Canine distemper is a serious, highly contagious disease caused by a virus that attacks the gastrointestinal, respiratory, and often, the nervous systems of puppies and dogs. The virus also infects wild canids (e.g. foxes, wolves, coyotes), raccoons, skunks, and ferrets.
ALL dogs are at risk, but puppies younger than four months old and dogs that have not been vaccinated against the disease are at the greatest risk.
Infection usually occurs from exposure to the virus in the respiratory secretions of an infected animal. Outbreaks of distemper tend to be sporadic. The virus also affects wildlife populations, so contact between wild and domestic animal may contribute to the spread of the virus.
The first sign of canine distemper is an eye discharge that may appear watery or pus-like. Then, dogs may develop fever, coughing, nasal discharge, lack of appetite, vomiting, diarrhea, and lethargy. In later stages, the virus may attack the nervous system, resulting in twitching, seizures, and even partial or complete paralysis. The foot pads may also harden. Often, distemper is fatal. If a dog does not die from the disease, the virus can cause irreparable damage to the dog's nervous system. Because distemper is so serious and the symptoms so varied, take your Boston to your veterinarian right away if you suspect it is ill.
Clinical appearance and laboratory tests are used to diagnose distemper. Once infected, there is no specific drug available that will kill the virus. Treatment efforts include prevention of secondary infections, controlling vomiting, diarrhea and neurologic symptoms, and administering fluids to reduce dehydration. Ill dogs should be separated from other dogs to prevent spread of the disease.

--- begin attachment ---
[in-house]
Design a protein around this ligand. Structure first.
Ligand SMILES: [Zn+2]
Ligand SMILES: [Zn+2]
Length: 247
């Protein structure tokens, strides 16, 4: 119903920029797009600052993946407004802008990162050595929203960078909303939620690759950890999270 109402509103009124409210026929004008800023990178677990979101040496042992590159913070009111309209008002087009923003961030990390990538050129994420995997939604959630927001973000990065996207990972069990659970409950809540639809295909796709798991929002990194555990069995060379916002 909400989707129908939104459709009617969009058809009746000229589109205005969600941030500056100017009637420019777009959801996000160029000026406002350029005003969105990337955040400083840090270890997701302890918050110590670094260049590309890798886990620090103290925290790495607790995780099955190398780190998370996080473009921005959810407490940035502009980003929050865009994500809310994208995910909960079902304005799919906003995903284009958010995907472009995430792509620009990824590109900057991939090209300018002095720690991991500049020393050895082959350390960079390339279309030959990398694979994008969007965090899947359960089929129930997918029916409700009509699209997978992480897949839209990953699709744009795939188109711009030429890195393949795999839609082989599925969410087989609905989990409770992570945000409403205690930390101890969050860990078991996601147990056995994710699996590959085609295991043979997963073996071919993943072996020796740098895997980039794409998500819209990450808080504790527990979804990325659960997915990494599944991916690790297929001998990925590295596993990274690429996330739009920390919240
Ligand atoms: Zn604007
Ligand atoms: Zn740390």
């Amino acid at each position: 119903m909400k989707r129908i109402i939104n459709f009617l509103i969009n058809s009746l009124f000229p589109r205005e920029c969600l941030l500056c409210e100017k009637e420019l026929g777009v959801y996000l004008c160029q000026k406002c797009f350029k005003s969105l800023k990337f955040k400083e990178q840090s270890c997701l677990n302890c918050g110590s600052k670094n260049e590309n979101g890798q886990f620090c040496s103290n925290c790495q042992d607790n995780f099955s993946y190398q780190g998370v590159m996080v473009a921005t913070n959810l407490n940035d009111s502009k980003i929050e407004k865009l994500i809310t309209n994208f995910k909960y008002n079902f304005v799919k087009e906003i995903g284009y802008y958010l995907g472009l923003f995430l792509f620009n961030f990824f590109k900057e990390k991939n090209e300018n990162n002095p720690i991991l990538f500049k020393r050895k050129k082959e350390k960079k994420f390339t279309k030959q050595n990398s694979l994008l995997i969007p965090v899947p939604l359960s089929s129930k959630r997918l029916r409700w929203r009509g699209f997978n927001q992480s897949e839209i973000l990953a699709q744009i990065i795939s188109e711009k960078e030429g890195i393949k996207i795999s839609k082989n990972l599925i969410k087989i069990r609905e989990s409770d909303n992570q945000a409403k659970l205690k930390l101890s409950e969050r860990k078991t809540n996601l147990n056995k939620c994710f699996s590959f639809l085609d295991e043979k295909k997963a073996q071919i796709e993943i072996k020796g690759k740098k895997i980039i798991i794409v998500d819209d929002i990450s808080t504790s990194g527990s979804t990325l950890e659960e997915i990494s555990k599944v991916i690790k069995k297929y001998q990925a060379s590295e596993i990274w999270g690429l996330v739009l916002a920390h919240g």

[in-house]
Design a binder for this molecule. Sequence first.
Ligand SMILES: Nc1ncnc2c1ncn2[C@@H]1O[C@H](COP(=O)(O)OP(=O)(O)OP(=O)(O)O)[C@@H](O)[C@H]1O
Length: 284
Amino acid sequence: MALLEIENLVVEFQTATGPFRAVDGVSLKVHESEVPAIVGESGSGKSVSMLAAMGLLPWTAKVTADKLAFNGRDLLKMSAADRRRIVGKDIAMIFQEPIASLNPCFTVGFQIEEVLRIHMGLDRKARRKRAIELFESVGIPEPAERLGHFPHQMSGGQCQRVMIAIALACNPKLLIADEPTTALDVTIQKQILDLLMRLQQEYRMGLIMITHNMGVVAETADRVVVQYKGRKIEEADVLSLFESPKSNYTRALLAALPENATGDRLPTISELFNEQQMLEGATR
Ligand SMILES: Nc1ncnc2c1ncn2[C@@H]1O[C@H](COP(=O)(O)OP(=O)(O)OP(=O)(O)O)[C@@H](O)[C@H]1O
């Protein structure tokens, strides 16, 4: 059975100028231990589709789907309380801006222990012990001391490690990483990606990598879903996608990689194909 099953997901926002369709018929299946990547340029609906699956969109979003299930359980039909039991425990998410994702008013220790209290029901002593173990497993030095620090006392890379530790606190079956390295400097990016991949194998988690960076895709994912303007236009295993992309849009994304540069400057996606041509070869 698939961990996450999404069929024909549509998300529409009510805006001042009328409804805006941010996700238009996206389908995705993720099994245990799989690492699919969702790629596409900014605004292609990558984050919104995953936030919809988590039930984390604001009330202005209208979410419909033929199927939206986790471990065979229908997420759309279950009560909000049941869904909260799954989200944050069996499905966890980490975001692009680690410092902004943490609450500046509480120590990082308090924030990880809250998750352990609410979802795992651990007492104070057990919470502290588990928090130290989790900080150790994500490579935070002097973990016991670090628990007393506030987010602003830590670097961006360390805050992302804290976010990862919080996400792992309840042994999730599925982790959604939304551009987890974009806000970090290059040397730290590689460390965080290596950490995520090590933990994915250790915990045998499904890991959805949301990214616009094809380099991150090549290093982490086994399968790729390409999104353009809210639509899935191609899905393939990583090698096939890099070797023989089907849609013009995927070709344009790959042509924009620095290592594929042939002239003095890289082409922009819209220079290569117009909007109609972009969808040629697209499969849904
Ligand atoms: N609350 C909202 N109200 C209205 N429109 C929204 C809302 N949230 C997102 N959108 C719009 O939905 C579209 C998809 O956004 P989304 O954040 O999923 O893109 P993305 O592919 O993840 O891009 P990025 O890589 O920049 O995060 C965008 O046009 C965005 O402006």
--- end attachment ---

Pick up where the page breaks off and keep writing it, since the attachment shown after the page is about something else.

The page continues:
Vaccination and avoiding contact with infected animals are key to preventing distemper. Young puppies are very susceptible to infection. If a puppy is exposed to distemper before their immune systems are developed, it may become ill. Also, the natural immunity provided by a mother's milk may interfere with response to vaccination. So, even vaccinated puppies may become ill on occasion.
Vaccinations are given in a series to provide the best protection against the disease during the first few months of life. Avoid taking your puppy to places where there are other dogs until it has received its complete series of vaccinations.
If you have an adult Boston Terrier, be sure that his vaccination is current. Your veterinarian can recommended an appropriate vaccination program for your dog.
Contact with known infected dogs as well as raccoons, foxes, skunks and other wildlife should always be avoided.